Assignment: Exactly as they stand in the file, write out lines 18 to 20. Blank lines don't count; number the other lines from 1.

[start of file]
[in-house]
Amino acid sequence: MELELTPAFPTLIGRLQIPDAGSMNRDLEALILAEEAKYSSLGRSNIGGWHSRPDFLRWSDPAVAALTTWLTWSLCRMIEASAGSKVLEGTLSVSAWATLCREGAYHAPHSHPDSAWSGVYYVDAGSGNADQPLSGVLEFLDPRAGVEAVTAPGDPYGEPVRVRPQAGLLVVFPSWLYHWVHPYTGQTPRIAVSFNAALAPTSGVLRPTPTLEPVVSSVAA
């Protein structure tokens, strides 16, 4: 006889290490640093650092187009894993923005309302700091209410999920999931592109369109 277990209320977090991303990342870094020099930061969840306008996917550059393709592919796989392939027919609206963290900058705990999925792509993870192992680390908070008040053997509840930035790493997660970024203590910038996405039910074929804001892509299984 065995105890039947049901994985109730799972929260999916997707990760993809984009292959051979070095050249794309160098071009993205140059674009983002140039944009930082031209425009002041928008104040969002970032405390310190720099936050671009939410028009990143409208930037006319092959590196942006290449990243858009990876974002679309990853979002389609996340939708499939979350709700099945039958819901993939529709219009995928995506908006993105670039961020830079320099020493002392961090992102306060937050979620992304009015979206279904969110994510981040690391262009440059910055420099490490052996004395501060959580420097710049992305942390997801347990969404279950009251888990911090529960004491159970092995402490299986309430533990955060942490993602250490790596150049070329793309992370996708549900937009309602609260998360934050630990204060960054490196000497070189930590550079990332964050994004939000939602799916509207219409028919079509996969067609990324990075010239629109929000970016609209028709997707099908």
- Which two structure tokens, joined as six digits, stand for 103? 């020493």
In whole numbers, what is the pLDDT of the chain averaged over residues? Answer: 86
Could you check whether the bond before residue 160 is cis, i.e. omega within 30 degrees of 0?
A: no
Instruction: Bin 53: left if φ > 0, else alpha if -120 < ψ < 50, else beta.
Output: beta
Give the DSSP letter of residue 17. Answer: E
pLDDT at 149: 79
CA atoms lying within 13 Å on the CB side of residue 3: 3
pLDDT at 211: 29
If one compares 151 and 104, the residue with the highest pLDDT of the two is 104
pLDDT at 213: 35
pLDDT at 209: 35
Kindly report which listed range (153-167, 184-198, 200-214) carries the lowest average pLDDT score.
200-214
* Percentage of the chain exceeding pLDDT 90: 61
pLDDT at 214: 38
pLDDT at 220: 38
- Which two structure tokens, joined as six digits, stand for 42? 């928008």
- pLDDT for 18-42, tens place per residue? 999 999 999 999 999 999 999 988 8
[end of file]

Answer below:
200-214
* Percentage of the chain exceeding pLDDT 90: 61
pLDDT at 214: 38